When Australia said sorry

Shahira Samy ponders the significance for the Arab-Israeli conflict
of Australia's apology to its aboriginal community

by Shahira Samy

Al-Ahram Online Weekly

6-12 March 2008

Earlier this month, Australian Prime Minister Kevin Rudd delivered an apology to his country's Aborigines in the name of the Australian government and parliament: "... for the removal of Aboriginal and Torres Strait Islander children from their families, their communities and their country. For the pain, suffering and hurt of these Stolen Generations, their descendants and for their families left behind, we say sorry ..."

The apology comes more than 10 years after the country's Human Rights and Equal Opportunity Commission released its Bringing Them Home report, unravelling how 100,000 aboriginal and mixed race children were forcibly removed from their families. Between 1910 and the 1970s, several federal and state laws designed to integrate the children into "white" environments were in practice. The "stolen generations" of Australian aborigines grew up in white foster homes, orphanages and Church missions, often subject to physical abuse and forced into unpaid labour, among other sufferings.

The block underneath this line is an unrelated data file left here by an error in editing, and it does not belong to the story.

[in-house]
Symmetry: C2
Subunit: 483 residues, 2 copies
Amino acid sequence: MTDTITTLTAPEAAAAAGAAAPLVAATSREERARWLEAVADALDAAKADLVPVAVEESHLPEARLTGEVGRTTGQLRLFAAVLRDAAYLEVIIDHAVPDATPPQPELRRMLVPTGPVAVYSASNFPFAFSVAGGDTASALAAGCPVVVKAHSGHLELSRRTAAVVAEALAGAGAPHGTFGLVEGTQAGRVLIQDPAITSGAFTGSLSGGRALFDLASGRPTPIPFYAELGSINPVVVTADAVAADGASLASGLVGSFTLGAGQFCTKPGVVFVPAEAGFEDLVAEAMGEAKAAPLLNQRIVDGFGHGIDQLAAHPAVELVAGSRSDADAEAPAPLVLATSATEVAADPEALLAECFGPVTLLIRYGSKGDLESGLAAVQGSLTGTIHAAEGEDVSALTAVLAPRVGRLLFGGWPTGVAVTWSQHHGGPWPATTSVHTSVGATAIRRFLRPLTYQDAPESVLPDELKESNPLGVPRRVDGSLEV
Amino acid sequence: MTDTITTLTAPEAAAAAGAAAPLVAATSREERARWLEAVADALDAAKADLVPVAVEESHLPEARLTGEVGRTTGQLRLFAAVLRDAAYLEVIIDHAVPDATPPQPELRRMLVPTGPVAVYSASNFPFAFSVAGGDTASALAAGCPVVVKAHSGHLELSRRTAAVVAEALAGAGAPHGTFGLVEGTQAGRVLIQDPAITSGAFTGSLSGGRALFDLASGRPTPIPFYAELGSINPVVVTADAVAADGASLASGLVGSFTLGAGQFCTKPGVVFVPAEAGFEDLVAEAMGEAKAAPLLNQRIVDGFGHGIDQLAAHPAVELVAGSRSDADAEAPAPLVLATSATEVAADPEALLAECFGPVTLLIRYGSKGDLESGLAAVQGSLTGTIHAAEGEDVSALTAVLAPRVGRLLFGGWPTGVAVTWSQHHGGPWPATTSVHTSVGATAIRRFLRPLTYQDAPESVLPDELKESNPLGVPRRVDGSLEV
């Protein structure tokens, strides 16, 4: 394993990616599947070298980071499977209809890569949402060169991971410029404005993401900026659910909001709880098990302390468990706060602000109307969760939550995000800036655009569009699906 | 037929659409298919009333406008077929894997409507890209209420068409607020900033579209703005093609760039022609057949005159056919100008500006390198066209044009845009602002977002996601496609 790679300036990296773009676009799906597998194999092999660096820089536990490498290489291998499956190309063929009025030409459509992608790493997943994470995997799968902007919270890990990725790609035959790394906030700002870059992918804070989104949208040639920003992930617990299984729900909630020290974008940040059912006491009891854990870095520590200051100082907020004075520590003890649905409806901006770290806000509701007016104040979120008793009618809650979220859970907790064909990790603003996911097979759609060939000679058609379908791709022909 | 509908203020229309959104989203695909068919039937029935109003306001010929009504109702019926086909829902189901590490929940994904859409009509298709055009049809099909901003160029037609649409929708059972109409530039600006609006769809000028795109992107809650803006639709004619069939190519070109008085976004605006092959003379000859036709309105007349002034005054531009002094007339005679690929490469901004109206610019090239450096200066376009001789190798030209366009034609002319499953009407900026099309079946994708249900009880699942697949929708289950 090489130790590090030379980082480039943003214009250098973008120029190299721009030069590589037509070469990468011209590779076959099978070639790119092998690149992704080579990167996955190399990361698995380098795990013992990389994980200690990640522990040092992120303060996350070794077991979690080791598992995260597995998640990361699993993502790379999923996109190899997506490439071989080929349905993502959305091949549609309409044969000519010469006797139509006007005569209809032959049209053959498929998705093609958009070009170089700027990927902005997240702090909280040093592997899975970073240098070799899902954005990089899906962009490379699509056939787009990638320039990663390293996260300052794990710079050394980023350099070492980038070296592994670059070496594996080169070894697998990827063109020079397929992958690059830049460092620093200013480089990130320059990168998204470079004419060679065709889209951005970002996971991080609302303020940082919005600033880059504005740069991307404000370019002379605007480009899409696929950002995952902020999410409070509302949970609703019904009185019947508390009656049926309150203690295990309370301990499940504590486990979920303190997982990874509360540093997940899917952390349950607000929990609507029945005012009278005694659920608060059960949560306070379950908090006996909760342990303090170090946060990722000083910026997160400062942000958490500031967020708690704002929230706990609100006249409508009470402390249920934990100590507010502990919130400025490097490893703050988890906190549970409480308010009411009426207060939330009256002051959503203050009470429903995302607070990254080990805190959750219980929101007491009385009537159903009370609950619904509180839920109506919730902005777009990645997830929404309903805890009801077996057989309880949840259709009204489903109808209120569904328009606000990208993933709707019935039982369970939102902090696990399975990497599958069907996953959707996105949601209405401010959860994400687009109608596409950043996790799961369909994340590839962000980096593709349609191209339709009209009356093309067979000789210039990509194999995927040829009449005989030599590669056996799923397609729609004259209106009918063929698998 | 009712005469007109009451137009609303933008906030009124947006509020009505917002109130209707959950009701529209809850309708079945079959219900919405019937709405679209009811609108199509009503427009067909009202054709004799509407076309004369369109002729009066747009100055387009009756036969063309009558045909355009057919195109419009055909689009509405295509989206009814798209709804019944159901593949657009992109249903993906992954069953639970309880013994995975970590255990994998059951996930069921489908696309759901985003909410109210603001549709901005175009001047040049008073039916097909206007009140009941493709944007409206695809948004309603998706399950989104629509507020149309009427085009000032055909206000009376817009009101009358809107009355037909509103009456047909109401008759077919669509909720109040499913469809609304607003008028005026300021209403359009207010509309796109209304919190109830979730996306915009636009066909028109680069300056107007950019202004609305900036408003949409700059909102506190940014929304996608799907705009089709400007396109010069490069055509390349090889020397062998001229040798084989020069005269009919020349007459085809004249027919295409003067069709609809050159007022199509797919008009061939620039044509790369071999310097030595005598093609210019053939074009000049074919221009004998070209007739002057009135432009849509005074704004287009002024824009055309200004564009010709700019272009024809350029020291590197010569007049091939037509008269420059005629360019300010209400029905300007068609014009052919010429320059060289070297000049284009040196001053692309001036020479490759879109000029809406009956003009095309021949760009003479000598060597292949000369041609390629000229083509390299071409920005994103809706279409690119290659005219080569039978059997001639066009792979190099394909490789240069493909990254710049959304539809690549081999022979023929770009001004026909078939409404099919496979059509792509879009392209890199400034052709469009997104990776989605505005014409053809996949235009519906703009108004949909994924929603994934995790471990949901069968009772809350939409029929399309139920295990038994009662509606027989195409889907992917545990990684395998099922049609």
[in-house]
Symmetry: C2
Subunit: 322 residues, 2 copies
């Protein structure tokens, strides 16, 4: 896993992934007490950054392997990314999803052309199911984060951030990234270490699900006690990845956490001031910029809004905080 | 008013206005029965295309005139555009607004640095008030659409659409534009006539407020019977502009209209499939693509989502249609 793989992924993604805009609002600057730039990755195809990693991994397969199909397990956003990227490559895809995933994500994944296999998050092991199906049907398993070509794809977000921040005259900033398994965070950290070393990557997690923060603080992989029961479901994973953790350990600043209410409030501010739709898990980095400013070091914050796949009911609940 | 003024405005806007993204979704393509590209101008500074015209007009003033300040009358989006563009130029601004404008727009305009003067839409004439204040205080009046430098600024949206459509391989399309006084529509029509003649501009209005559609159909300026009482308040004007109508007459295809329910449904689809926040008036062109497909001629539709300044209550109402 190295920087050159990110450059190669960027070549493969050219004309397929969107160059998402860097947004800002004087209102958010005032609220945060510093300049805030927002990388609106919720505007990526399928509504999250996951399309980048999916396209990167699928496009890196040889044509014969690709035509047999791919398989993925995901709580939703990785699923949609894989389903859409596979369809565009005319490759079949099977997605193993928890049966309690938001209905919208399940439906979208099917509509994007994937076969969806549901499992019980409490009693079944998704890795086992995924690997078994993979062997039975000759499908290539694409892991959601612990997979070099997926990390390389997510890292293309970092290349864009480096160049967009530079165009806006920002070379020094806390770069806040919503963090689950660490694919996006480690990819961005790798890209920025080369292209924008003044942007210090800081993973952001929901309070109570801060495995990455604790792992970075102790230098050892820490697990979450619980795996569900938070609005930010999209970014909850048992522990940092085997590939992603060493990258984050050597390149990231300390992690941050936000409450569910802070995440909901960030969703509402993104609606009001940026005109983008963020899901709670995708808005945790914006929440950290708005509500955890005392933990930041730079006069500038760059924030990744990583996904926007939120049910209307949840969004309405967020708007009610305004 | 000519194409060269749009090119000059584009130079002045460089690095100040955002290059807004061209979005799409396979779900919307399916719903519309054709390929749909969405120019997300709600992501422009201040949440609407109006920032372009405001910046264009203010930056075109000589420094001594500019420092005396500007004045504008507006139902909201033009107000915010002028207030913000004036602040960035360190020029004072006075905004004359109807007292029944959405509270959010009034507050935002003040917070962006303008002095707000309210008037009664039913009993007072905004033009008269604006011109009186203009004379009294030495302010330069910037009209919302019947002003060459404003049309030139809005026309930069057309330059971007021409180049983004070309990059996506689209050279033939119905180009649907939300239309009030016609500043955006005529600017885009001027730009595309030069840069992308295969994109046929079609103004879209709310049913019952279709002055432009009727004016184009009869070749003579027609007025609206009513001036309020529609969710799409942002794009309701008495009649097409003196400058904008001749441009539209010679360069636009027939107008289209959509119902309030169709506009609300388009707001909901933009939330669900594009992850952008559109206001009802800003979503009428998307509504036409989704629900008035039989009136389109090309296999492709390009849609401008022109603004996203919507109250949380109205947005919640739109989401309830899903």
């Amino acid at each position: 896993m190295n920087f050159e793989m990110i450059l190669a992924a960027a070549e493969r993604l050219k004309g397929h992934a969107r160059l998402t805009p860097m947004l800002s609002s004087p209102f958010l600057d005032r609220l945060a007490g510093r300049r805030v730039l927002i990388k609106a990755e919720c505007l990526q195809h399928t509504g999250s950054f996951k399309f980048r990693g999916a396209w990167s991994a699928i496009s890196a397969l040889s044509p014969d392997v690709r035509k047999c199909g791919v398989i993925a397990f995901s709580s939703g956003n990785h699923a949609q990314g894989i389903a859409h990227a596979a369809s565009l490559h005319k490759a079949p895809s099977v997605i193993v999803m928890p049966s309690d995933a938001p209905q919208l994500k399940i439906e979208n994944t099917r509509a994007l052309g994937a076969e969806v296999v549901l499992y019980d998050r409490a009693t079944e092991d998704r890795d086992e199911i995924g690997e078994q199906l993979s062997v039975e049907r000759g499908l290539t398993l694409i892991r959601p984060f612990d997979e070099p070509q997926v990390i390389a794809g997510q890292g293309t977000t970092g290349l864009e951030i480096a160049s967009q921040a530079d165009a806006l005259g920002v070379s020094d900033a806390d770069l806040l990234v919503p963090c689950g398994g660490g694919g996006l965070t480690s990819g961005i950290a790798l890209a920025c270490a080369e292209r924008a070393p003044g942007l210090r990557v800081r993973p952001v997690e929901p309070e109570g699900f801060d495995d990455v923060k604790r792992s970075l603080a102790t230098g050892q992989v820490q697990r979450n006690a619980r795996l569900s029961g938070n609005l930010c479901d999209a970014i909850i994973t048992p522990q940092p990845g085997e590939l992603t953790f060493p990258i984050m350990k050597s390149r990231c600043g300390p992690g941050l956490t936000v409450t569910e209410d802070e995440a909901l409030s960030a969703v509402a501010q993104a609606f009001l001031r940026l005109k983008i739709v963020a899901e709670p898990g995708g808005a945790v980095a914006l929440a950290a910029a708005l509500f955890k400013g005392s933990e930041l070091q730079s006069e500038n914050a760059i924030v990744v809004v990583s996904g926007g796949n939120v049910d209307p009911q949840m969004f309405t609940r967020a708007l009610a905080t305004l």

Australia's official apology to its "Stolen Generation" is a milestone in the history of the Australian nation and all communities plagued with conflict. The importance of this apology does not stem from dwelling on the past and settling accounts between two rival camps. The historic apology should rather be viewed as a mechanism to turn a wrongful past into a vehicle for a better future. Australians and others in cases where apologies have been offered for historical injustices have come to understand that settling a conflict and moving on in a reconciliation process is possible only by addressing the past and acknowledging the injustice that occurred, not overlooking it.